A recent statement released by the attorney for actress Angelina Jolie in her highly public divorce from Brad Pitt accused the father of having made no meaningful child support payments. But Pitt’s camp quickly fired back, saying that he’s paid her $9 million already.
Pitt and Jolie filed for divorce in 2016 and have since struggled to come to a custody arrangement for their six children. While Jolie’s attorney claims that the statements in her court filings are fair and normal, Pitt’s camp says that they’re a “thinly-veiled effort to manipulate media coverage.”
EXCLUSIVE: Angelina Jolie's attorney issues statement in response to Brad Pitt's court filing: "What has been filed by Brad’s side today is a blatant attempt to obfuscate the truth and distract from the fact that he has not fully met his legal obligations" https://t.co/KDxr0801N5 pic.twitter.com/O7MtjPc3nM
— NBC News (@NBCNews) August 8, 2018
Pitt’s lawyers are claiming that of the $9 million that he’s already paid to Jolie, about $8 million was a personal loan that was supposed to help her buy her current home. The rest of the money ($1.3 million) was specifically for their six children. While it may be hard for someone who can’t swim in a pool of their own money to listen to two grown multi millionaires gripe over million dollar child support payments, that doesn’t make the drama of it all any less fascinating. Still, neither Jolie or Pitt need any money from the other, right?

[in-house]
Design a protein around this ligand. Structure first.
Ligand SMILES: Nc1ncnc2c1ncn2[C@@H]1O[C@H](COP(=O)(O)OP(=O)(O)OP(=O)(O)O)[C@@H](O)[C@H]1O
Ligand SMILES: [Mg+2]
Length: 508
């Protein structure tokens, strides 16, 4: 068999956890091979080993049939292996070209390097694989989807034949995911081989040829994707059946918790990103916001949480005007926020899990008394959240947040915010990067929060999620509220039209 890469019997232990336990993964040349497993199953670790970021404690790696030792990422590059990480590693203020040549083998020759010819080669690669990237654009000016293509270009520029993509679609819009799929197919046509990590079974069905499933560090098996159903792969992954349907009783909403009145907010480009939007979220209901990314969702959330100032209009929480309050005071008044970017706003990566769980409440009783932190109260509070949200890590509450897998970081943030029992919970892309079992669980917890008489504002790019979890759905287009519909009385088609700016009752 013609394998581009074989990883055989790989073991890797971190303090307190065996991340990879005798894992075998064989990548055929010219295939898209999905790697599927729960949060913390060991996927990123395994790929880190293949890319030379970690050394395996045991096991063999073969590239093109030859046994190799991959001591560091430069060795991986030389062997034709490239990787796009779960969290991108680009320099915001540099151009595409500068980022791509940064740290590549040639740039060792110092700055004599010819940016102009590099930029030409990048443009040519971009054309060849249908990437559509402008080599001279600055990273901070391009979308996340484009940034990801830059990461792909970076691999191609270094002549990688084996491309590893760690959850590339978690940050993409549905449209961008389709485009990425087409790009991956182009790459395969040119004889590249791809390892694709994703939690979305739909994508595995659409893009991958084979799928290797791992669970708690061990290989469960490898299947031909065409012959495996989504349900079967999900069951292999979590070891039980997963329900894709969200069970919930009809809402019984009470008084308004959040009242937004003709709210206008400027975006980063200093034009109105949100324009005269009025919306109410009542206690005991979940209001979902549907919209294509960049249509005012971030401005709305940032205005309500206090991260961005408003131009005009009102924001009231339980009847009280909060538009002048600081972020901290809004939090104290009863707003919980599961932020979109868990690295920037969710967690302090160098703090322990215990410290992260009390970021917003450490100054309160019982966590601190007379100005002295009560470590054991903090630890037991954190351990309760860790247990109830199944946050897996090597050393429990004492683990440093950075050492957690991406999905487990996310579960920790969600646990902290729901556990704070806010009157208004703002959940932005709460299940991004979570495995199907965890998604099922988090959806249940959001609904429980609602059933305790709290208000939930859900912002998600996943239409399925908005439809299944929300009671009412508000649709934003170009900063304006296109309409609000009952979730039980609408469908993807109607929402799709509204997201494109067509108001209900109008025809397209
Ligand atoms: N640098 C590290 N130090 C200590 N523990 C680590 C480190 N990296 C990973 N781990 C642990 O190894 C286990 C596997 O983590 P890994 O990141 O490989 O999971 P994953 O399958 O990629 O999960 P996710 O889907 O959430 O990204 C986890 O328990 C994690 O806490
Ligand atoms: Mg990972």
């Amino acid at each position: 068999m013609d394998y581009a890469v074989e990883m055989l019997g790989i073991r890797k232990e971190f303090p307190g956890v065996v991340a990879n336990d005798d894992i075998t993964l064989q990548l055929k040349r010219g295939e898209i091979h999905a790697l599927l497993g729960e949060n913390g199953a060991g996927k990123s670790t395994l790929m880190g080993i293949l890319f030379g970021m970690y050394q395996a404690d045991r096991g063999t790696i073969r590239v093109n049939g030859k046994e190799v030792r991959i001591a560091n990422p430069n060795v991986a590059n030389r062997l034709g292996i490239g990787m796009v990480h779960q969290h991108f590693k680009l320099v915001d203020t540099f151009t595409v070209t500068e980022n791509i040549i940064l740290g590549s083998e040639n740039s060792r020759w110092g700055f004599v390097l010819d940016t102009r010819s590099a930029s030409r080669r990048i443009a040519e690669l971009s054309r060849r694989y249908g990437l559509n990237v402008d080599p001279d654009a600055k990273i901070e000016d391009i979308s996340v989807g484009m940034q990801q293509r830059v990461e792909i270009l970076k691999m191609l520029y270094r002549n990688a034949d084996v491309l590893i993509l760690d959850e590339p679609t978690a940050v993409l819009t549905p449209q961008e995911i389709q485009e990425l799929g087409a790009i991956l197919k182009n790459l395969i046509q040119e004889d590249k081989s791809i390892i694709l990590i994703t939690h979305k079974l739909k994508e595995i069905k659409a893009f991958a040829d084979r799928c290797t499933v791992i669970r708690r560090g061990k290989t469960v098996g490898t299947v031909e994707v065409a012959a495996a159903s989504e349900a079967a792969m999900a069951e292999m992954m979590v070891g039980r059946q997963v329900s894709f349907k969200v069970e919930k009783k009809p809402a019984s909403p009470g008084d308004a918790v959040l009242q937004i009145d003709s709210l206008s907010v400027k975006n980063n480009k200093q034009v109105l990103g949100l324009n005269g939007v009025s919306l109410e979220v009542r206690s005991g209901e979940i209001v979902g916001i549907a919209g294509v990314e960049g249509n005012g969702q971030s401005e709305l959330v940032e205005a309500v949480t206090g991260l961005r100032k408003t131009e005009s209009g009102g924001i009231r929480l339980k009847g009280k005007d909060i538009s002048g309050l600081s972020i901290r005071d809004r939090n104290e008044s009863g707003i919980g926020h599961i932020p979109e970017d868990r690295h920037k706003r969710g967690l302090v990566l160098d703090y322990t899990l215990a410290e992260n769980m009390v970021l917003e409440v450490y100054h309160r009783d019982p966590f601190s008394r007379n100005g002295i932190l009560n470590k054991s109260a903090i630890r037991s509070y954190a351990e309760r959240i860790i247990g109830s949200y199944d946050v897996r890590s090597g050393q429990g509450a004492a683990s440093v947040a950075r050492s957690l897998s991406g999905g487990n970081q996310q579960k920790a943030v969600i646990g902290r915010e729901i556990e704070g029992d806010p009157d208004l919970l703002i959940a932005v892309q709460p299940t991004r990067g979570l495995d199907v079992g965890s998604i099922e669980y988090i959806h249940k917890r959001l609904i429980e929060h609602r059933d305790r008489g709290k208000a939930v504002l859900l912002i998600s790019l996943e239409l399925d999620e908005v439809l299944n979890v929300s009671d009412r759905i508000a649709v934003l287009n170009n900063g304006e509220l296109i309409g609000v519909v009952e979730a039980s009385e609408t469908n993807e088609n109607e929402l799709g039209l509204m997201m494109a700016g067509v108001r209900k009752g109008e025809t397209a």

It’s hard to imagine why Jolie would need to manipulate media coverage, though last summer a judge told Jolie that she needed to let her children spend more time with their father or risk strengthening his argument for being given full custody of them.
Ultimately, this is hardest on their kids. Not only are they children whose parents are in the middle of a divorce, but that divorce is extremely public. Everyone gets to speculate about whether your dad is going to run off with his ex-wife or if he’s a deadbeat, while they write your mom off as petty and vindictive. This whole situation is the least fair for the six non-millionaires wrapped up in it.